Tablets, Mobile Devices Offer Efficiency for IT Pros, Employees

 
 
By Wayne Rash  |  Posted 2011-12-28 Email Print this article Print
 
 
 
 
 
 
 

Removing the physical gap between workers and their IT support can drive significant improvements in efficiency, while saving both time and money for businesses.

It's the week before a show, and the convention services team is preparing an exhibit hall of the Austin, Texas, Convention Center for the first arrivals. The team, which consists of everything from decorators to utility personnel to IT specialists, hurries about from one future booth location to the next to prepare each space for the exhibitor that will arrive in the next couple of days.

As they move to each booth location, team members consult work orders displayed on an Apple iPad. The work orders are presented according to the locations of the booths, so employees move quickly from one spot to the next.

Contrast this with the way things used to be. Workers went to the show office, where there was a huge binder of all required work orders. There, a physical copy of the work order was printed, and the worker would go off on that assignment. Each trip from the show floor to the office where the work orders were located could be as long as six city blocks.

"In the process of putting on a convention, we have exhibitors on the show floor, and clients that order services from us," said Joe Gonzales, IT services manager for the Austin Convention Center.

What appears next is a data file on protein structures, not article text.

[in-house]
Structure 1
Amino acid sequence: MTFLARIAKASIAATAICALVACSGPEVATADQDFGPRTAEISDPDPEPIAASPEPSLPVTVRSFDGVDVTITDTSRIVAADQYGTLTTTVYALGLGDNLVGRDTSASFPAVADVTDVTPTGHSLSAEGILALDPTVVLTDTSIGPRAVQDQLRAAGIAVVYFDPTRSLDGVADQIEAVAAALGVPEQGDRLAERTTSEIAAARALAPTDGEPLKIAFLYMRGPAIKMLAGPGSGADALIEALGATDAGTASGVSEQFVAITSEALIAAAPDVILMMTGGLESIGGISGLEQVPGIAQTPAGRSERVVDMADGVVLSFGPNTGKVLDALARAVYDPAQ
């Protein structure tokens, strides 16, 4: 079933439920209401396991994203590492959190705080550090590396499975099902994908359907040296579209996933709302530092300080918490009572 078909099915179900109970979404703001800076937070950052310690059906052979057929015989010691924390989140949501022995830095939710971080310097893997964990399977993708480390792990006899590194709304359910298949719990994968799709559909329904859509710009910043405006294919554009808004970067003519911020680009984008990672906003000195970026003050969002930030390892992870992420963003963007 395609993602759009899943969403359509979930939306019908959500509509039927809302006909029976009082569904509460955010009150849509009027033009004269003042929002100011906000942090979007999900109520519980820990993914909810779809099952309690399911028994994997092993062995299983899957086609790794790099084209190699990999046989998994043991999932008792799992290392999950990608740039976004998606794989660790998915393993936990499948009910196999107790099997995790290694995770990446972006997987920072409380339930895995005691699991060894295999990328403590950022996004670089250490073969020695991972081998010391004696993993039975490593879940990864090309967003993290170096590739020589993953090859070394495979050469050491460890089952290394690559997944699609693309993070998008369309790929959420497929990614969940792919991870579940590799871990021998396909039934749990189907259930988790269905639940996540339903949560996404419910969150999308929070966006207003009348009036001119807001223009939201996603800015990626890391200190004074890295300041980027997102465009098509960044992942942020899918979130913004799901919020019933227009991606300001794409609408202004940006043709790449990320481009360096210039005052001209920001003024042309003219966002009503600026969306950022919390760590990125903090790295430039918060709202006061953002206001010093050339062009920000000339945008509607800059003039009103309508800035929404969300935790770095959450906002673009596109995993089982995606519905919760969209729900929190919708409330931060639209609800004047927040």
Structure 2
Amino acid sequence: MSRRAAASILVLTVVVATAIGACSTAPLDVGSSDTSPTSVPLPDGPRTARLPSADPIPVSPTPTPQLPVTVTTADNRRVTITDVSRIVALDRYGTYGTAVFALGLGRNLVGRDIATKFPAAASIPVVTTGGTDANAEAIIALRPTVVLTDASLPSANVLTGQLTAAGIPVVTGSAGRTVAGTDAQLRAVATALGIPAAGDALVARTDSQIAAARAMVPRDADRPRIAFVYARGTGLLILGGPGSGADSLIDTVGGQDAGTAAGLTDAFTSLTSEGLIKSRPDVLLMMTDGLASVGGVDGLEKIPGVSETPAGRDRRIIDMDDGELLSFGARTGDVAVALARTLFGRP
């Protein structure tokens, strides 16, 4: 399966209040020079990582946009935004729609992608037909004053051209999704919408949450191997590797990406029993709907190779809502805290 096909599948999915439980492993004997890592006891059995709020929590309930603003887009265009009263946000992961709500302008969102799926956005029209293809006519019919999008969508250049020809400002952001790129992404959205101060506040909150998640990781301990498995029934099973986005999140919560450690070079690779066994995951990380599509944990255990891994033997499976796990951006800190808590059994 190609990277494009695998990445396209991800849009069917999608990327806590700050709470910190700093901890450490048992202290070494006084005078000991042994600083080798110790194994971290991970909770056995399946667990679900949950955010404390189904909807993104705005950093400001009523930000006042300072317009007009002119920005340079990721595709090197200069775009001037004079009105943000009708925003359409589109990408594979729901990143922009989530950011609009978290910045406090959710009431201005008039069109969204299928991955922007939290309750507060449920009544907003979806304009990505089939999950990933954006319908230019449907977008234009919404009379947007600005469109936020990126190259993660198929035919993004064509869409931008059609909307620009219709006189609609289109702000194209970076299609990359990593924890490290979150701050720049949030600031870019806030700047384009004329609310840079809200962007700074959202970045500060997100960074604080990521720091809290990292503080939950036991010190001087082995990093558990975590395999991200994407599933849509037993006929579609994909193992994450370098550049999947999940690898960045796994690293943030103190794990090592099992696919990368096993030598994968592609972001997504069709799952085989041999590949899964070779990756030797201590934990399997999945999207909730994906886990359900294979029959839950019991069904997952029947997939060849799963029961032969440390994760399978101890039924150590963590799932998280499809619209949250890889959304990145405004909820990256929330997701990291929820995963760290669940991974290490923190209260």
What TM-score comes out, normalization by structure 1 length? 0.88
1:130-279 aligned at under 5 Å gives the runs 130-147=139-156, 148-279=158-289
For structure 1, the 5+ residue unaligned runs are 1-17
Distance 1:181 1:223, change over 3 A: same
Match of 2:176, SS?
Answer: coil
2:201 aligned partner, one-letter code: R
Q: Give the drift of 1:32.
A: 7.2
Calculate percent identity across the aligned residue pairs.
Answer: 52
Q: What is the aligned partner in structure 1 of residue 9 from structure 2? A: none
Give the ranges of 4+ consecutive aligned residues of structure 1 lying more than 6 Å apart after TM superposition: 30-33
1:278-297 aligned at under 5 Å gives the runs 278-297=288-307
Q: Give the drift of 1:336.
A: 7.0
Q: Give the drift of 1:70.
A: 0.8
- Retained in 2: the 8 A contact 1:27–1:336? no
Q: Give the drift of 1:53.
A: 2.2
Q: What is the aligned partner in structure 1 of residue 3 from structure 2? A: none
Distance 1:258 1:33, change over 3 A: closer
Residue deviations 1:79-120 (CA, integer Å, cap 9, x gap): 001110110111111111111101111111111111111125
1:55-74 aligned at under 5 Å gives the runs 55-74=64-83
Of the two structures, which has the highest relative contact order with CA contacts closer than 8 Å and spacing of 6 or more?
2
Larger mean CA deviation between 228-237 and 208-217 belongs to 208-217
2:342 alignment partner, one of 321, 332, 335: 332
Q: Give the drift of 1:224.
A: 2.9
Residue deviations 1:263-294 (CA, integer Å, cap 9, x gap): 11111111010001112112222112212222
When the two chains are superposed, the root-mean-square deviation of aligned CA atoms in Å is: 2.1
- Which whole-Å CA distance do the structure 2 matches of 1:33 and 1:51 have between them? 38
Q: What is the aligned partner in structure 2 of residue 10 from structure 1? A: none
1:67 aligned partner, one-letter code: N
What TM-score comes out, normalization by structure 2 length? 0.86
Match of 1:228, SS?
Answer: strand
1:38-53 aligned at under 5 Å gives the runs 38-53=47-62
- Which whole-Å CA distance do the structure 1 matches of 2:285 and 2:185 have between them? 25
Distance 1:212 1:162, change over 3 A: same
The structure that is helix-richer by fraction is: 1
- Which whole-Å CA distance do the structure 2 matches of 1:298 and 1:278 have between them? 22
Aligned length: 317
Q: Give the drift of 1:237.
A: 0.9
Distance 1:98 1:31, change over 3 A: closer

Those services could include power, big power-which means high-amperage electrical power-network, drainage and water.

"We used to track all those orders and put out paper work orders," said Gonzales. "That used to involve walking six city blocks just for a power strip. If they just ordered something, they'd go to a work desk, and get the work order.

"You never knew what was next because you were doing one thing at a time. We have different groups. The people who install Internet drops are one team, and the people who install electrical work are a different team," Gonzales added.

The way the work was being done was clearly not efficient, Gonzales notes. The solution: Extend the reach of IT to the workers themselves and remove the physical gap between the IT department and the people who needed to do the work.

"We looked at better ways to do this," said Gonzales. "How could we improve the amount of information we carried? How could we provide better diagrams? How could we get more information to the person deploying those services? We were already running a FileMaker order system that was already collecting orders online. We looked at the FileMaker Go system. We filtered out everything but information that was on the work order."



 
 
 
 
Wayne Rash Wayne Rash is a Senior Analyst for eWEEK Labs and runs the magazine's Washington Bureau. Prior to joining eWEEK as a Senior Writer on wireless technology, he was a Senior Contributing Editor and previously a Senior Analyst in the InfoWorld Test Center. He was also a reviewer for Federal Computer Week and Information Security Magazine. Previously, he ran the reviews and events departments at CMP's InternetWeek.

He is a retired naval officer, a former principal at American Management Systems and a long-time columnist for Byte Magazine. He is a regular contributor to Plane & Pilot Magazine and The Washington Post.
 
 
 
 
 
 
 

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